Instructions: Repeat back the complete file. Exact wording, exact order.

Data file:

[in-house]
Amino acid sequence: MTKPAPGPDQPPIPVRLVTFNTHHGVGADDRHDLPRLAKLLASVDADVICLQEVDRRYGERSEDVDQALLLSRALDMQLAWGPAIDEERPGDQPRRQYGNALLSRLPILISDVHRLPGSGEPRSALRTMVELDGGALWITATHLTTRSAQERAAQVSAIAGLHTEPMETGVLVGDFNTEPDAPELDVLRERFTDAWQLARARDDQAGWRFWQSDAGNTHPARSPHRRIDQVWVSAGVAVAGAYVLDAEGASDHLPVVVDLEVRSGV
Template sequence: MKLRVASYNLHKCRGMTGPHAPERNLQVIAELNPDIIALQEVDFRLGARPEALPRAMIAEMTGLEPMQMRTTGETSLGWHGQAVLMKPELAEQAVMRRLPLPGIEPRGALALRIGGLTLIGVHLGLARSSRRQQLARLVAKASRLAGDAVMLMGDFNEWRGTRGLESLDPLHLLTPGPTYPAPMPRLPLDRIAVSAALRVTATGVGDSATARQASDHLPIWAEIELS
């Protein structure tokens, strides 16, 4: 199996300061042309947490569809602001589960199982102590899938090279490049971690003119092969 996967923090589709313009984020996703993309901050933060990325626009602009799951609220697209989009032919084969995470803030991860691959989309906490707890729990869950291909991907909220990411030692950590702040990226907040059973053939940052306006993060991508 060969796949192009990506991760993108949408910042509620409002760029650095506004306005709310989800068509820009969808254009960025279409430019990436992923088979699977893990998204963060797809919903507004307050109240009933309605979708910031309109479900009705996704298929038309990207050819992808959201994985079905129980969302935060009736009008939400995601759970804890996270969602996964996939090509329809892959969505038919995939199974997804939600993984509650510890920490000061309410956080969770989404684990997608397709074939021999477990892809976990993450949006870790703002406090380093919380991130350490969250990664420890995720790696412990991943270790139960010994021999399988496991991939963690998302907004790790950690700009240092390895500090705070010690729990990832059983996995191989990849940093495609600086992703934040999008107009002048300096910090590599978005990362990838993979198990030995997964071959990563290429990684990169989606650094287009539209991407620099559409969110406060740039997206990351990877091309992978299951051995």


[in-house]
Amino acid sequence: MTKPAPGPDQPPIPVRLVTFNTHHGVGADDRHDLPRLAKLLASVDADVICLQEVDRRYGERSEDVDQALLLSRALDMQLAWGPAIDEERPGDQPRRQYGNALLSRLPILISDVHRLPGSGEPRSALRTMVELDGGALWITATHLTTRSAQERAAQVSAIAGLHTEPMETGVLVGDFNTEPDAPELDVLRERFTDAWQLARARDDQAGWRFWQSDAGNTHPARSPHRRIDQVWVSAGVAVAGAYVLDAEGASDHLPVVVDLEVRSGV
Template sequence: MKLRVASYNLHKCRGMTGPHAPERNLQVIAELNPDIIALQEVDFRLGARPEALPRAMIAEMTGLEPMQMRTTGETSLGWHGQAVLMKPELAEQAVMRRLPLPGIEPRGALALRIGGLTLIGVHLGLARSSRRQQLARLVAKASRLAGDAVMLMGDFNEWRGTRGLESLDPLHLLTPGPTYPAPMPRLPLDRIAVSAALRVTATGVGDSATARQASDHLPIWAEIELS
């Protein structure tokens, strides 16, 4: 199996300061042309947490569809602001589960199982102590899938090279490049971690003119092969 996967923090589709313009984020996703993309901050933060990325626009602009799951609220697209989009032919084969995470803030991860691959989309906490707890729990869950291909991907909220990411030692950590702040990226907040059973053939940052306006993060991508 060969796949192009990506991760993108949408910042509620409002760029650095506004306005709310989800068509820009969808254009960025279409430019990436992923088979699977893990998204963060797809919903507004307050109240009933309605979708910031309109479900009705996704298929038309990207050819992808959201994985079905129980969302935060009736009008939400995601759970804890996270969602996964996939090509329809892959969505038919995939199974997804939600993984509650510890920490000061309410956080969770989404684990997608397709074939021999477990892809976990993450949006870790703002406090380093919380991130350490969250990664420890995720790696412990991943270790139960010994021999399988496991991939963690998302907004790790950690700009240092390895500090705070010690729990990832059983996995191989990849940093495609600086992703934040999008107009002048300096910090590599978005990362990838993979198990030995997964071959990563290429990684990169989606650094287009539209991407620099559409969110406060740039997206990351990877091309992978299951051995």